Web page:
Assessing The Impact Of The Shaq Trade

June 29, 2009

Last week's Cleveland-Phoenix trade for Shaquille O'Neal sent such shockwaves through the league that it rendered the annual NBA Draft into backpage news. In addition, the move forced the rest of the Eastern Conference's contenders into scramble mode, with Orlando making their own mega-deal for Vince Carter, and Boston actively shopping their point guard, Rajon Rondo.

When the smoke finally cleared, Cleveland was able to get O'Neal for the relatively cheap price of Ben Wallace, Sasha Pavlovic, a 2010 second-round pick, and cash. Although it was not quite the giveaway as Denver's Marcus Camby deal last season, it certainly involved a firesale comparable to the 2008 Pau Gasol trade.

This particular firesale unites two of the sport's biggest names, and instantly makes a previously dull, half-court jump-shooting Cavs squad, into one of the league's most interesting teams.

Here is's breakdown of the trade, including both its immediate and long-term ramifications.

The Effect On Phoenix

In terms of pure basketball worth, the Suns did not receive anywhere close to equal value.

Wallace already was a shadow of his former self two seasons ago when Cleveland acquired him from Chicago. The present-day version of Wallace has deteriorated that much more, as he is now only a 20 minutes-per-night player at this stage in his career.

Although Big Ben remains a tough and smart defender and rebounder, he is not nearly as active in either area as in past seasons. And as always, he remains an offensive liability. Should he decide to play out the year, he will likely be used in limited backup minutes when Amare Stoudemire needs a rest.

Pavlovic is a young 2 still trying to find his way in the league. He has good size, a nice stroke from deep, and will occasionally surprise by taking the ball to the hole. However, he is a decent, but not a great athlete, and that limits his overall upside. Ultimately, Pavlovic will also be used as a backup for incumbent Jason Richardson.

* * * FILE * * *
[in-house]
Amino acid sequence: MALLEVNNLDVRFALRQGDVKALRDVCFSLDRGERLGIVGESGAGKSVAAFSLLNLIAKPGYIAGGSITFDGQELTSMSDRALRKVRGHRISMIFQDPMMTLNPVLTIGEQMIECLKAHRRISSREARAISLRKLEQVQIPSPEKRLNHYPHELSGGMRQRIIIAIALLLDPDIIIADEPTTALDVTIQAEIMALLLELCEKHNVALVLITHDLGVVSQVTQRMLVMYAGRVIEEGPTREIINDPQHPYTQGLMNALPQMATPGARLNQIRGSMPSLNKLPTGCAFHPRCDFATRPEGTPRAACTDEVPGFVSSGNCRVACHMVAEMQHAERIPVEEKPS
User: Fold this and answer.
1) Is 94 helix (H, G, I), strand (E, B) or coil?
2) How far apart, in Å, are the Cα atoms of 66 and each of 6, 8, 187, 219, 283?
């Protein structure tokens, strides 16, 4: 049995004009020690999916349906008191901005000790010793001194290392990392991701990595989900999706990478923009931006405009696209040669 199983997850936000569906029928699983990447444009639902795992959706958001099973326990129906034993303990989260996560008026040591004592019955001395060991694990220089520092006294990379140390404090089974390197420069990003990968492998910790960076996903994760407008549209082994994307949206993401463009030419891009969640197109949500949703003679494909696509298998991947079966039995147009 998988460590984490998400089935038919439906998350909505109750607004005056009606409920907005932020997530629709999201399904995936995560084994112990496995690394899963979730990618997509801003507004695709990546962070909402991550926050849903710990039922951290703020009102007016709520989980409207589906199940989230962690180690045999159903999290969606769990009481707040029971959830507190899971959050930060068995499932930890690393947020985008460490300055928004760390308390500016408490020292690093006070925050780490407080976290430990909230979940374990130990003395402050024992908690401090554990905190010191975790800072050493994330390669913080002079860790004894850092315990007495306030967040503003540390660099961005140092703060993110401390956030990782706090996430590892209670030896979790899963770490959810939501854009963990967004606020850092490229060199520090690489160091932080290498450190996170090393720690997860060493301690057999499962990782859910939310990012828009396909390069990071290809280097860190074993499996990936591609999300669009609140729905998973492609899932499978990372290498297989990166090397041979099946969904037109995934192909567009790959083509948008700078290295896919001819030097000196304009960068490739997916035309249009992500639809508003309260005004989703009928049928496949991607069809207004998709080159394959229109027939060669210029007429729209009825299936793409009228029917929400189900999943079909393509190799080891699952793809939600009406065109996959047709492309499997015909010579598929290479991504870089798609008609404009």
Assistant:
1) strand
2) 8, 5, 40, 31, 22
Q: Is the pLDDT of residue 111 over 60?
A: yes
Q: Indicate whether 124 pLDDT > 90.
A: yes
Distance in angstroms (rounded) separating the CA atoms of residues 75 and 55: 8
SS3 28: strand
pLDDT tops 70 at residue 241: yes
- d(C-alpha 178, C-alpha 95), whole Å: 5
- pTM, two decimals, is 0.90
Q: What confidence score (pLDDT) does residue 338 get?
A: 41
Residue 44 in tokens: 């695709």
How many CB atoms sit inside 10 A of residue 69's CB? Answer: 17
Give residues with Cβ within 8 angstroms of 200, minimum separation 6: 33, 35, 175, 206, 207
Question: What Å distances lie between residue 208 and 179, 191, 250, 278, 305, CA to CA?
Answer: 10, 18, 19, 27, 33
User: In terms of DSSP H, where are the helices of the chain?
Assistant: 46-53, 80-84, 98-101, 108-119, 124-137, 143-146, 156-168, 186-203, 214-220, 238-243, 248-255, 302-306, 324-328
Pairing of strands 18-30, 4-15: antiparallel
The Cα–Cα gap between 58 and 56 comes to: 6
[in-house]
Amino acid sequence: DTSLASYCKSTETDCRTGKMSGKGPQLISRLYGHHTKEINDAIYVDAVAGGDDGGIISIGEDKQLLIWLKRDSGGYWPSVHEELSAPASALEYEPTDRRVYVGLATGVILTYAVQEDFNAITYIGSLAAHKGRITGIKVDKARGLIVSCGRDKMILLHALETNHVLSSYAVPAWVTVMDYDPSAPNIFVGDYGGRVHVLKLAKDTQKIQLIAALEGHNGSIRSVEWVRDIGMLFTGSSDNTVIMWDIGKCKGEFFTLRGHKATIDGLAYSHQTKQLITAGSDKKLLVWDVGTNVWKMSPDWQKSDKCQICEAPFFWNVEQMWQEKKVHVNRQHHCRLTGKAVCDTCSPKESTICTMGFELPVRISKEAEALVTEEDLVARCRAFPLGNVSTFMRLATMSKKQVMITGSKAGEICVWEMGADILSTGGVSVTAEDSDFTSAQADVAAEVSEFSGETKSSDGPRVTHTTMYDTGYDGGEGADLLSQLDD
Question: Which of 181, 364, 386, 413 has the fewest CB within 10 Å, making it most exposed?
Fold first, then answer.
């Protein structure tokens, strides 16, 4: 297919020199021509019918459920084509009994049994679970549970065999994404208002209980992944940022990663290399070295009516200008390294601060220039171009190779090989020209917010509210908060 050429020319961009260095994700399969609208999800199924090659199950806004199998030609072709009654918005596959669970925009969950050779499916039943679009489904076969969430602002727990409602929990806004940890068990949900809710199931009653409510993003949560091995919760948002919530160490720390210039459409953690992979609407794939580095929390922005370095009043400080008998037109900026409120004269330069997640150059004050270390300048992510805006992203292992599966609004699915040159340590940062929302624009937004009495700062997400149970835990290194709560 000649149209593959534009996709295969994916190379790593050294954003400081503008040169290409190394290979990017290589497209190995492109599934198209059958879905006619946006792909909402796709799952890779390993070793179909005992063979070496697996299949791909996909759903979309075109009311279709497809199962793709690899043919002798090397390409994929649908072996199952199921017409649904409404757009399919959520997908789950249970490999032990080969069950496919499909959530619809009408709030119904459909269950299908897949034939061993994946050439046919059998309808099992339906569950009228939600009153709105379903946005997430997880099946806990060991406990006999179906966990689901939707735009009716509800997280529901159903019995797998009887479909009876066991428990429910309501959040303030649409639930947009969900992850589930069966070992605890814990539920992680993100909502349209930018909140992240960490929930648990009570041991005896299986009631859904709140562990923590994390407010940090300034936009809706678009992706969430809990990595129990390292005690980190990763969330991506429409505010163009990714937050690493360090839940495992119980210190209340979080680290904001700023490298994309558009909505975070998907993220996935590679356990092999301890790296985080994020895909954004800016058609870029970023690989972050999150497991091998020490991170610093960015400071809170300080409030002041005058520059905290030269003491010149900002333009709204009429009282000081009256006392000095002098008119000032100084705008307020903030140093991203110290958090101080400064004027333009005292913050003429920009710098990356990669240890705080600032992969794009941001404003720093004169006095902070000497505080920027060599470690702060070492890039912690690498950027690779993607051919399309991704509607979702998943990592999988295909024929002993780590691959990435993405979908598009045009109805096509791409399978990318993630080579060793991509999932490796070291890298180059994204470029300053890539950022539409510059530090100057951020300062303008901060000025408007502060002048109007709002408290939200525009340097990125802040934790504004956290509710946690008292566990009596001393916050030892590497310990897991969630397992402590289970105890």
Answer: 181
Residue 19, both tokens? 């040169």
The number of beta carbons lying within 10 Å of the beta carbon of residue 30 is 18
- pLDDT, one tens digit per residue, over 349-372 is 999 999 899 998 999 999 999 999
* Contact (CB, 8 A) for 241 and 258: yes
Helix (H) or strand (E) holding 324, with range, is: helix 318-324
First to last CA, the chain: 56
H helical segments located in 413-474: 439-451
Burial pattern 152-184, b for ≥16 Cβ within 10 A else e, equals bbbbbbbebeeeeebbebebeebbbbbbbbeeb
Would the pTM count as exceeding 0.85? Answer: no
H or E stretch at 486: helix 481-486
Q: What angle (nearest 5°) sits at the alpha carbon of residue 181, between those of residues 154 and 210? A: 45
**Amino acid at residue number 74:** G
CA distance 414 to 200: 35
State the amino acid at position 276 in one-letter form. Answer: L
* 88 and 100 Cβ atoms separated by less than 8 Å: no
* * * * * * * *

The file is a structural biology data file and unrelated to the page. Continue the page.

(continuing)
The second-round pick most likely will come late in the draft given Cleveland's recent regular season record. Hence, it offers Phoenix little guarantee that they will get a player capable of making the roster.

With such little return basketball-wise, Phoenix obviously made this trade from an economic standpoint.

In terms of the salary cap, Phoenix still takes approximately the same $20 million cap hit that it would have had with Shaq on the team because the trade salaries must match. However, the Suns could end up saving millions in actual expenses, since Wallace may retire or have his contract bought out for a lower price. Depending on which course he decides, the Suns could be in a significantly better financial situation.

Ultimately, the Suns realized that their championship window had officially closed, and have decided to begin the rebuilding phase of this once-proud franchise.

The Effect on Cleveland

1. On Court Impact

Last season, Cleveland romped to the league's best record, nearly equaling Boston's all-time home mark. The Cavs rejoiced in a year filled with big numbers, an MVP award, and some playful pregame introductions. Feelings of entitlement ran high, as a Kobe-LeBron Finals was assumed. Amid all the bliss, the Cavs' lone complaint consisted of the "insult" of having Mo Williams initially left off of the Eastern All-Star team.

The playoffs however, proved to be its own unique animal.

Cleveland was soundly defeated by the Orlando Magic, as Mo Williams proved an incapable second-fiddle when the games really mattered. The frustration of the loss become apparent when a classless LeBron James did his best Isaiah Thomas impersonation and hastily exited without a congratulatory handshake.

Although there were several causes behind the collapse, perhaps none was bigger than Cleveland's flawed offense.